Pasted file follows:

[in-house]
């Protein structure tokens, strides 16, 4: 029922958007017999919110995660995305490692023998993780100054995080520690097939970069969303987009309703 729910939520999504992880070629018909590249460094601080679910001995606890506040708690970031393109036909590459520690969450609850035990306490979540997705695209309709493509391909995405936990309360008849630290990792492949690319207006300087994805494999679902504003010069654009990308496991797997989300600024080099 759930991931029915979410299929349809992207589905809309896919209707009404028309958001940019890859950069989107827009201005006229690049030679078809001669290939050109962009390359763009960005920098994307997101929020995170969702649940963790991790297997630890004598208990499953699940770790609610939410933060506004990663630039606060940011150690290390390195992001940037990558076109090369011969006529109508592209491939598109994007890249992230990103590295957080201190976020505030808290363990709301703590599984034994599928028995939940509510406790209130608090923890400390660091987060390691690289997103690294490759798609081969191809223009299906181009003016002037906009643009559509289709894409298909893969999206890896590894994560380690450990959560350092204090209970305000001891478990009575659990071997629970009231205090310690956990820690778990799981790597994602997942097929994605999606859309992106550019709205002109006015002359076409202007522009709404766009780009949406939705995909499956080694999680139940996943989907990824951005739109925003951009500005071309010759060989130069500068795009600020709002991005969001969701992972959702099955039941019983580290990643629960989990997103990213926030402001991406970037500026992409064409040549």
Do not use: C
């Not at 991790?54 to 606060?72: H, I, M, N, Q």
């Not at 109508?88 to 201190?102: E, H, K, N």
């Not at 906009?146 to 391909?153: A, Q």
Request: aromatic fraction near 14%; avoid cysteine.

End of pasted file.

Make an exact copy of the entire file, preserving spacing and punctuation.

[in-house]
């Protein structure tokens, strides 16, 4: 029922958007017999919110995660995305490692023998993780100054995080520690097939970069969303987009309703 729910939520999504992880070629018909590249460094601080679910001995606890506040708690970031393109036909590459520690969450609850035990306490979540997705695209309709493509391909995405936990309360008849630290990792492949690319207006300087994805494999679902504003010069654009990308496991797997989300600024080099 759930991931029915979410299929349809992207589905809309896919209707009404028309958001940019890859950069989107827009201005006229690049030679078809001669290939050109962009390359763009960005920098994307997101929020995170969702649940963790991790297997630890004598208990499953699940770790609610939410933060506004990663630039606060940011150690290390390195992001940037990558076109090369011969006529109508592209491939598109994007890249992230990103590295957080201190976020505030808290363990709301703590599984034994599928028995939940509510406790209130608090923890400390660091987060390691690289997103690294490759798609081969191809223009299906181009003016002037906009643009559509289709894409298909893969999206890896590894994560380690450990959560350092204090209970305000001891478990009575659990071997629970009231205090310690956990820690778990799981790597994602997942097929994605999606859309992106550019709205002109006015002359076409202007522009709404766009780009949406939705995909499956080694999680139940996943989907990824951005739109925003951009500005071309010759060989130069500068795009600020709002991005969001969701992972959702099955039941019983580290990643629960989990997103990213926030402001991406970037500026992409064409040549």
Do not use: C
């Not at 991790?54 to 606060?72: H, I, M, N, Q």
């Not at 109508?88 to 201190?102: E, H, K, N």
């Not at 906009?146 to 391909?153: A, Q």
Request: aromatic fraction near 14%; avoid cysteine.